[Met Tour] CID:121490

Public Auditorium, Cleveland, Ohio, Fri, April 16, 1937 Matinee

Lohengrin (415)
Richard Wagner | Richard Wagner
Lauritz Melchior

Kirsten Flagstad

Karin Branzell

Julius Huehn

King Heinrich
Emanuel List

George Cehanovsky

Maurice Abravanel

Review 1:

Review of Denoe Leedy in the Cleveland Press

German Opera Strongest of Met's Forces

Flagstad Again the Star

Two performances were given by the Metropolitan Opera yesterday in Public Auditorium, Richard Wagner's "Lohengrin" in the afternoon and Ambroise Thomas' "Mignon" at night. With today's performances of 'Carmen" and "Il Trovatore," Cleveland's highly successful week of opera will come to an end.

"Lohengrin" one of the earliest manifestations of the Bayreuth master's genius, was distinguished by that remarkable cast of singers which earlier in the week achieved such thrilling results with "Tristan und Isolde." Kirsten Flagstad, Lauritz Melchior, Karin Branzell, Emanuel List and Julius Huehn - here are singers eminently fitted for Wagner's puissant measures.

Mme. Flagstad's "Elsa of Brabant" may not leap into musical and dramatic flames as did her "Isolde," but that is hardly her fault. The role demands on the whole a relatively quiet delineation, and whatever the vicissitudes of fortune which befall the beautiful maid of Brabant, they are in no way comparable to the overwhelming spiritual tragedy of the Irish princes.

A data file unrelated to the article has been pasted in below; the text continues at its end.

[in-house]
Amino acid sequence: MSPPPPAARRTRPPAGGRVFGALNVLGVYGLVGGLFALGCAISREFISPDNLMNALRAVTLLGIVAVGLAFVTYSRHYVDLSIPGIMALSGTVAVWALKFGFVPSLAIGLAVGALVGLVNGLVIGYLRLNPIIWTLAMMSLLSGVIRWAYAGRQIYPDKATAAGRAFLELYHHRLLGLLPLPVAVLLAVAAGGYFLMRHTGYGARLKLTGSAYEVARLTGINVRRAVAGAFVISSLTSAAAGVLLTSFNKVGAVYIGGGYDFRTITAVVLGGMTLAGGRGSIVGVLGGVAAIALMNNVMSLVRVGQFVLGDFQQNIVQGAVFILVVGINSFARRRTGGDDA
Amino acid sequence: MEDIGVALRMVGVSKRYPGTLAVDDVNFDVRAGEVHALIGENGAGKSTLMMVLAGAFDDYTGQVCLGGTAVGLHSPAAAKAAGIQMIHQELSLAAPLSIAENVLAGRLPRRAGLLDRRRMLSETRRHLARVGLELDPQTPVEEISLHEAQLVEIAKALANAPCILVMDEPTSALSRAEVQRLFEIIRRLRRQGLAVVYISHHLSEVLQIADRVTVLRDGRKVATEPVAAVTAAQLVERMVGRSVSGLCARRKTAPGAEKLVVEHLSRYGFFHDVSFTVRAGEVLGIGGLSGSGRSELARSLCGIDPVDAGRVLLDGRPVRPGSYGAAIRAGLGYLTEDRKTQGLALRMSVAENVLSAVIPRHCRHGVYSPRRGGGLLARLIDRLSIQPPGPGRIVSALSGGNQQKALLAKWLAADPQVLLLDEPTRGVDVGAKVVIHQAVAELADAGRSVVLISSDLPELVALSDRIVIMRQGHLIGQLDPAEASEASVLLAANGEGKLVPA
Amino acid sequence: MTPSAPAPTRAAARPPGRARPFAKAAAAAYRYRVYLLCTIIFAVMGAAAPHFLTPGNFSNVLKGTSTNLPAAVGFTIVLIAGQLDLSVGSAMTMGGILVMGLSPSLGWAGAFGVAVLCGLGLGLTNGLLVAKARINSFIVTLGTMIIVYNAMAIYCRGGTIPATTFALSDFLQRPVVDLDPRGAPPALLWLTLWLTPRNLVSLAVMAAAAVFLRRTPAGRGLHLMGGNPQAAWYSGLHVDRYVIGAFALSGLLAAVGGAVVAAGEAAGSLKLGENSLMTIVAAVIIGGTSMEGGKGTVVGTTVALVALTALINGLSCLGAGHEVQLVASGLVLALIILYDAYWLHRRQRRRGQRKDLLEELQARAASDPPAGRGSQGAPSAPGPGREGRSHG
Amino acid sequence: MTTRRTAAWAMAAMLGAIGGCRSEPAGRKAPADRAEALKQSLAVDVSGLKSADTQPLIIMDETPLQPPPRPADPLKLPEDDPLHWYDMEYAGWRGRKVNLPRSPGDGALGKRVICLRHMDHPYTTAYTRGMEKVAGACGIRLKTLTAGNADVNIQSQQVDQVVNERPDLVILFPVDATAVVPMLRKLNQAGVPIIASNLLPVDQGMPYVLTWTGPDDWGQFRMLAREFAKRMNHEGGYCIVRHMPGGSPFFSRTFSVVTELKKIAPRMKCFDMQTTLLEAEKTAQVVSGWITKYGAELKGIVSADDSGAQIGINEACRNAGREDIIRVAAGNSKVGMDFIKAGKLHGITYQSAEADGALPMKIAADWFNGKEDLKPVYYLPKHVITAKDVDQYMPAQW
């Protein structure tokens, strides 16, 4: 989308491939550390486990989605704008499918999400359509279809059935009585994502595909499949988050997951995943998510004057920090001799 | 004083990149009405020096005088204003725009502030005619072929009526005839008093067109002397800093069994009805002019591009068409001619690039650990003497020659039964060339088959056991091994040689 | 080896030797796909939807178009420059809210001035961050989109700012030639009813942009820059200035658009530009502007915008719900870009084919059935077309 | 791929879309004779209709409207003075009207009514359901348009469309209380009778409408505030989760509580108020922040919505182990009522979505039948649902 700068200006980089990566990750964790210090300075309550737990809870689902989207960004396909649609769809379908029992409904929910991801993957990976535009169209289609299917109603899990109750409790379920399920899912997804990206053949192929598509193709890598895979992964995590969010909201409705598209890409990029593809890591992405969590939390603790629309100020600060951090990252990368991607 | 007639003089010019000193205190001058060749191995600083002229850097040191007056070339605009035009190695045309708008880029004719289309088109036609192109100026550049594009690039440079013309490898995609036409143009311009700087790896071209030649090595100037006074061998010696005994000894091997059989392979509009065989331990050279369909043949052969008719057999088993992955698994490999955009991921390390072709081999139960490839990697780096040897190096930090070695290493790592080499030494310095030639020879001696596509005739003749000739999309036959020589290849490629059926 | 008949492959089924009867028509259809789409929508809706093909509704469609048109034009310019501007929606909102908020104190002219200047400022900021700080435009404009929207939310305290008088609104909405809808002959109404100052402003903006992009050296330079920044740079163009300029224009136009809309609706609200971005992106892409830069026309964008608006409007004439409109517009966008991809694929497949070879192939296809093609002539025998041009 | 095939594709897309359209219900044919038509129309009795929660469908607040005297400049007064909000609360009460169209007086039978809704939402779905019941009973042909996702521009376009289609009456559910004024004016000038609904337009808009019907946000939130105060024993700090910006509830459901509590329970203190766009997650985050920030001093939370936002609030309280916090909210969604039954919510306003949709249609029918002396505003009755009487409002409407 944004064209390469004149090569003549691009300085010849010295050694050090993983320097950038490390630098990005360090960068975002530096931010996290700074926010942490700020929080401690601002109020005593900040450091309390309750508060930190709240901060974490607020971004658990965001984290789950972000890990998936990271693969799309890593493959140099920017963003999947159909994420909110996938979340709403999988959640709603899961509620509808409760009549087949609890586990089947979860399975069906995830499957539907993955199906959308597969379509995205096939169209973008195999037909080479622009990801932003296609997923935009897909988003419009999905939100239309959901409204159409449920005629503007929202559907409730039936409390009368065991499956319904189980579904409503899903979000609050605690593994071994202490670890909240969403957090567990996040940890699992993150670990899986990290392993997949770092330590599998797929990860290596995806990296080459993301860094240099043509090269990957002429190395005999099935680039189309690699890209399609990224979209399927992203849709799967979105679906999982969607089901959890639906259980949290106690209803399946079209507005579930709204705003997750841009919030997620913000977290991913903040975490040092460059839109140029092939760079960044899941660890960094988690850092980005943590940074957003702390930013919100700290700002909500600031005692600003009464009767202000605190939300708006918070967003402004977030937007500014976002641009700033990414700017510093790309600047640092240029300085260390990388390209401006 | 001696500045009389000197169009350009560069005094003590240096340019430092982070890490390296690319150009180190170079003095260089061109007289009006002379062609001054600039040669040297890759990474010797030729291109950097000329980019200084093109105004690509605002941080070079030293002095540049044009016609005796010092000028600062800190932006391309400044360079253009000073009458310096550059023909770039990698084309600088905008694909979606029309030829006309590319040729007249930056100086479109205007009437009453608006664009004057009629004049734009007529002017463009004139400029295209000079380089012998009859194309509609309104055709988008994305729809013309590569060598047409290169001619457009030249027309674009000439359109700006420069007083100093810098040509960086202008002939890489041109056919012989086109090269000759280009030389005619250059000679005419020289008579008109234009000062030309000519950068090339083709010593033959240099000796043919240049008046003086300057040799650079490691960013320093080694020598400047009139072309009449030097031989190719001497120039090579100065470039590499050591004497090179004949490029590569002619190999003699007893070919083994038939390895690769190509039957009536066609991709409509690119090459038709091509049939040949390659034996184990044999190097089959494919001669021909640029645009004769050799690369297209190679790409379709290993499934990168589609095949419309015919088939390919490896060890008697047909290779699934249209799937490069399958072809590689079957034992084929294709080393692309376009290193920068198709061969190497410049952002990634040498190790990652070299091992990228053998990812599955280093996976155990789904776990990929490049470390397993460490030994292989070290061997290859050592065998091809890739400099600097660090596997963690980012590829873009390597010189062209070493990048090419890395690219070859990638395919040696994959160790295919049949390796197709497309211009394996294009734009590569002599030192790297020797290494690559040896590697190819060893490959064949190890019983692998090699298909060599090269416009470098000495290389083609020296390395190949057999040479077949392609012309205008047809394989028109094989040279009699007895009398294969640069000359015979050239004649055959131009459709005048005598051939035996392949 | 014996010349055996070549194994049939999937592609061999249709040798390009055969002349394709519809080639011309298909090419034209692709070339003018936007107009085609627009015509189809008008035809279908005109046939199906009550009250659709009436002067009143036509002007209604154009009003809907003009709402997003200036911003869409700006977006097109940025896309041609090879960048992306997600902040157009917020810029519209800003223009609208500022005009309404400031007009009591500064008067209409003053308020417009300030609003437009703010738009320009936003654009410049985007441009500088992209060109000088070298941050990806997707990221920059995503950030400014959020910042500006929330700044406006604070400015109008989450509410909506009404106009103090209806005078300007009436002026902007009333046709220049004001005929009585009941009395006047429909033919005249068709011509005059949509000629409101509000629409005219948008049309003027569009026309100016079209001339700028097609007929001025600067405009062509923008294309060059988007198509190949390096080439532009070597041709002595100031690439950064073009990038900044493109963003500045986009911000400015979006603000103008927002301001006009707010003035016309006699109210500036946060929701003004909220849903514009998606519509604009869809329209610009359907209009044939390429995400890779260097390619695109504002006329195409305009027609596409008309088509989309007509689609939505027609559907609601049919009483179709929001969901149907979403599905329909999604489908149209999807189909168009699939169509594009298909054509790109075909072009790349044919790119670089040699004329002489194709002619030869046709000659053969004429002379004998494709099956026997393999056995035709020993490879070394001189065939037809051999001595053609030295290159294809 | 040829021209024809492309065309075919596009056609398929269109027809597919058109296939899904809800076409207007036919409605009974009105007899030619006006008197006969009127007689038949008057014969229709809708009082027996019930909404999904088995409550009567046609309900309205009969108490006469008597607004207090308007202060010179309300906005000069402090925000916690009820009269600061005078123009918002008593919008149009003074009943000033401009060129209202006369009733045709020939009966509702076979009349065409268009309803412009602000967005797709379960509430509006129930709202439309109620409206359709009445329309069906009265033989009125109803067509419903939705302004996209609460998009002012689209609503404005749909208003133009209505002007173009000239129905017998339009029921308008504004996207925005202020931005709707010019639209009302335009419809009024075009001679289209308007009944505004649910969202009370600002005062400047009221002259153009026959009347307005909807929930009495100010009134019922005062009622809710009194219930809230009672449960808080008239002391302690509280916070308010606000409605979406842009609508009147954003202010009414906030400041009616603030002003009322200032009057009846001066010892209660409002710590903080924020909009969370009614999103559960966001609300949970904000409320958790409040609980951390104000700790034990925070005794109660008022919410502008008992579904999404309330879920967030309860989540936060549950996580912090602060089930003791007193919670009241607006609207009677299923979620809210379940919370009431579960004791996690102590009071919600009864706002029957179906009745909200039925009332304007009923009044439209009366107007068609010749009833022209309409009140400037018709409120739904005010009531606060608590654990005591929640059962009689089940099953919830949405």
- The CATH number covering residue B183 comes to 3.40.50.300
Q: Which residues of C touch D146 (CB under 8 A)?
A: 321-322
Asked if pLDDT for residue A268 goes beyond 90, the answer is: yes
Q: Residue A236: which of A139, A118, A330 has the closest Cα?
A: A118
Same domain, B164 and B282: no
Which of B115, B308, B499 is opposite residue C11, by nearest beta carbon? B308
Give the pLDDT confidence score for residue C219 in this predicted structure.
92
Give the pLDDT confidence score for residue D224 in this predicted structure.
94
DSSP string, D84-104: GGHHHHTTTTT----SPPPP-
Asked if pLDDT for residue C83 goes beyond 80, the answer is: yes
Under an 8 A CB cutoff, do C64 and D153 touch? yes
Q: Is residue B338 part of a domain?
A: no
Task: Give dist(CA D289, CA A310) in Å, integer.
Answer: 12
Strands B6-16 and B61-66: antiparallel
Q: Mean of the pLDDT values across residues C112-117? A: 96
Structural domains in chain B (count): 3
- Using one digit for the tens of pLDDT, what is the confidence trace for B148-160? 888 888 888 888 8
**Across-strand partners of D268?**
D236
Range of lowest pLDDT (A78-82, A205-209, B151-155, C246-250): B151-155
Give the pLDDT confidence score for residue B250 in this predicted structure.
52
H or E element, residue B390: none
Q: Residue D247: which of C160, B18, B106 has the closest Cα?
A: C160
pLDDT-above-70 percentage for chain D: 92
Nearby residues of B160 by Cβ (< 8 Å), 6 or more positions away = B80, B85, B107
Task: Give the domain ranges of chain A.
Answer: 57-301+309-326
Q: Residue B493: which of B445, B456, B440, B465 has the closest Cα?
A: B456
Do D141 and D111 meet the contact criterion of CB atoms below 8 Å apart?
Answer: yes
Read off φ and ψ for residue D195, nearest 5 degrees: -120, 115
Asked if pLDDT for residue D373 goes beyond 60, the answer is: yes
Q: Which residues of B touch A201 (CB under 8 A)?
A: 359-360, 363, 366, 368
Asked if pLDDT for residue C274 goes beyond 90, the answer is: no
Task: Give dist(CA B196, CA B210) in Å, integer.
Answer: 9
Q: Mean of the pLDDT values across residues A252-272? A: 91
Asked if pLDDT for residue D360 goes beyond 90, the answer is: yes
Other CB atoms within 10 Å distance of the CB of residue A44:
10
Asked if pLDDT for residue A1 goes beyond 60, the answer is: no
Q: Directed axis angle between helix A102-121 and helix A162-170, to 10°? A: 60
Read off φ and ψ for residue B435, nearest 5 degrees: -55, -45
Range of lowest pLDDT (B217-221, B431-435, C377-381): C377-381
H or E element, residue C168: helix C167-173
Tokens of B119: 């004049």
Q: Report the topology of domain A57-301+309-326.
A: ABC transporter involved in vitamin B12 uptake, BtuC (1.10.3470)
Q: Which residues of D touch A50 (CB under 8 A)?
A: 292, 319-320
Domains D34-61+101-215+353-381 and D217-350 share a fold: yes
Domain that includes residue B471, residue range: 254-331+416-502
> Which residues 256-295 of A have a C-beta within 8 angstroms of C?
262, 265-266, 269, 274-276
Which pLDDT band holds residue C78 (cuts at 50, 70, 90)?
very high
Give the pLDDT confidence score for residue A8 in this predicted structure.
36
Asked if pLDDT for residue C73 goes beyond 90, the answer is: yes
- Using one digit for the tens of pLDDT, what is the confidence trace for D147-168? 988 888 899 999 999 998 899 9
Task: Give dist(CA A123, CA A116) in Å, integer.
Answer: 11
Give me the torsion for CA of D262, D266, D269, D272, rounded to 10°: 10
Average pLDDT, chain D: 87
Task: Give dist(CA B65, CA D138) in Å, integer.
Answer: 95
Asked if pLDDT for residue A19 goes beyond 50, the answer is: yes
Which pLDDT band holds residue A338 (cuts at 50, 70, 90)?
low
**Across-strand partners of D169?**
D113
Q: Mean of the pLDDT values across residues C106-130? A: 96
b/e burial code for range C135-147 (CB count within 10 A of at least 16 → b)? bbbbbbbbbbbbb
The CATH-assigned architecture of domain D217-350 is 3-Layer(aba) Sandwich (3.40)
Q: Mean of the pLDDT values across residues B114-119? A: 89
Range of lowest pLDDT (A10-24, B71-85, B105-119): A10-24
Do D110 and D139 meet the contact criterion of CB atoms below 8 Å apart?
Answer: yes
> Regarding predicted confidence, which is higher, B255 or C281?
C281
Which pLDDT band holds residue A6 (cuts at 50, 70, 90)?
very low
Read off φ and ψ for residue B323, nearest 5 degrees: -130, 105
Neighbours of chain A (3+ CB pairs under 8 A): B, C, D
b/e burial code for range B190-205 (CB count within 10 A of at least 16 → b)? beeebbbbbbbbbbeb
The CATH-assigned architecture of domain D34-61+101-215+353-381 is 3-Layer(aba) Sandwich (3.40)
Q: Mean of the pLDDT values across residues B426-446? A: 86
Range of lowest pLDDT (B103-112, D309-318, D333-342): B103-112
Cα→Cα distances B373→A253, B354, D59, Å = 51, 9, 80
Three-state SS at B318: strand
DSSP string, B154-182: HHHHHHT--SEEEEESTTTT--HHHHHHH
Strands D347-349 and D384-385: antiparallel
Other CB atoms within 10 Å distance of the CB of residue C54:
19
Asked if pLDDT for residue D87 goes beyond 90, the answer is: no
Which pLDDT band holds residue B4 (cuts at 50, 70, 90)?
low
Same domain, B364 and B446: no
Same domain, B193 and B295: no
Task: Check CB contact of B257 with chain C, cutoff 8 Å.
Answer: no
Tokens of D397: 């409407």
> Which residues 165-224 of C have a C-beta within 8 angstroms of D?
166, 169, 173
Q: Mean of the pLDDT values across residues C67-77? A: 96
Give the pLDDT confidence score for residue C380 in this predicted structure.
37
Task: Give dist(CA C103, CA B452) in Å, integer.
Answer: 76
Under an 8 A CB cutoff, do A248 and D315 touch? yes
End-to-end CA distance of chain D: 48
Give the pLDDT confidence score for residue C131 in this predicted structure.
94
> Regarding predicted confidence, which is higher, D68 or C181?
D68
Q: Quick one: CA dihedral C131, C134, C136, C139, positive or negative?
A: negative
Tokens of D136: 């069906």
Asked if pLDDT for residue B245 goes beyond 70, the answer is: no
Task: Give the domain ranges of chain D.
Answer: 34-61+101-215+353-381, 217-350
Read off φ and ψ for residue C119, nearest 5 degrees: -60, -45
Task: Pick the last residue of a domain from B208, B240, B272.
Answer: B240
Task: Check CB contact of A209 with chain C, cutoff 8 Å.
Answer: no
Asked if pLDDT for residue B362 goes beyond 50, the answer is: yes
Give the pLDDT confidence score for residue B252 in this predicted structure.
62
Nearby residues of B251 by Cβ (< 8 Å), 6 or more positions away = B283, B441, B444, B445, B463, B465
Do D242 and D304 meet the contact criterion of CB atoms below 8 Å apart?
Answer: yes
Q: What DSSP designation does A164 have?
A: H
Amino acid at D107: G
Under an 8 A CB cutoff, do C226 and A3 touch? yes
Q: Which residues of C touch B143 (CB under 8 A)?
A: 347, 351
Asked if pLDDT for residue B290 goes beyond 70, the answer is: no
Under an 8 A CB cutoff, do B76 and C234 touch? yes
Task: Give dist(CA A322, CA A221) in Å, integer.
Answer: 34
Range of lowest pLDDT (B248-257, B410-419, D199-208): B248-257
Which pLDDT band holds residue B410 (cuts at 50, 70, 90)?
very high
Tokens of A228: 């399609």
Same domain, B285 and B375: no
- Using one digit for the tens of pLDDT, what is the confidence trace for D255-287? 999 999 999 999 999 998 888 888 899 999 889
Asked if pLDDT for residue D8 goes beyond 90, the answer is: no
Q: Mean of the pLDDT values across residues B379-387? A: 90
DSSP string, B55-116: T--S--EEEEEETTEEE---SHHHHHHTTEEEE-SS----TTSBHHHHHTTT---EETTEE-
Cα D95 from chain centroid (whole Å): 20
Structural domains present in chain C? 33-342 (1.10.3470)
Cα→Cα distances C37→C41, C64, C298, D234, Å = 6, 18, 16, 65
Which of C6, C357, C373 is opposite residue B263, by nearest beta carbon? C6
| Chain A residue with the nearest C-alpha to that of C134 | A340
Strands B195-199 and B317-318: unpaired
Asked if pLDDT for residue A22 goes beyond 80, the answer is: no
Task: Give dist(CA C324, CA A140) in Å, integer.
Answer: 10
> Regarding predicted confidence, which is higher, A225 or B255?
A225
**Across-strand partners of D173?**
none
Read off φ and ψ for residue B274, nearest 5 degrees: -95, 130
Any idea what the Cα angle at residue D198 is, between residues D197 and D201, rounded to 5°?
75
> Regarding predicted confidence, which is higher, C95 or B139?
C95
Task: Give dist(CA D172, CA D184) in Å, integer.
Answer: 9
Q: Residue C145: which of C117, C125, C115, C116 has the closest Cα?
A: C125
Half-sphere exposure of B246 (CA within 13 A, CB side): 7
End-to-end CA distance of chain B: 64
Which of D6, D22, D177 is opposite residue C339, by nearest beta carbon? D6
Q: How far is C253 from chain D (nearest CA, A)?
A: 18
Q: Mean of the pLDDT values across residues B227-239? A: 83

Heavenly Flagstad

In certain respects "Elsa" may be a more difficult role than "Isolde." At the time "Lohengrin" was written, Wagner had not yet mastered the orchestra as he was to later. There are no oceanic surgings of instrumental sound flowing beneath the vocal line.

The soprano must sing with the utmost purity and must carve her phrases against what is relatively a slight background. Needless to say, Mme. Flagstad was equal to all demands placed upon her. Again one was constantly thrilled by the ever-expanding opulence of tone, the sensitive and intelligent musicianship and the ability to capture all the dramatic elements which go into the making of the role.

Melchior, the "Lohengrin," was in better voice than on Tuesday evening. He made an impressive knight in shining silver armor, and throughout the afternoon showed conclusively those qualities which have helped to establish him as the Metropolitan's chief Wagner tenor.

Karin Branzell, endowed with a contralto voice, which easily dominates every scene, made "Ortrud" a sinister figure, but likewise raised the role to noble lines. She was seconded by Julius Huehn in the complementary role of "Telramund." His scenes in the second act were charged with power.

Emanuel List, always reliable, was "King Henry," and the part of the King's Herald was in the capable hands of George Cehanovsky. The conductor, Maurice De Abravanel, kept his combined instrumental and choral forces under an iron grip and in the large spectacular moments whipped the performance up to a state of brilliance.

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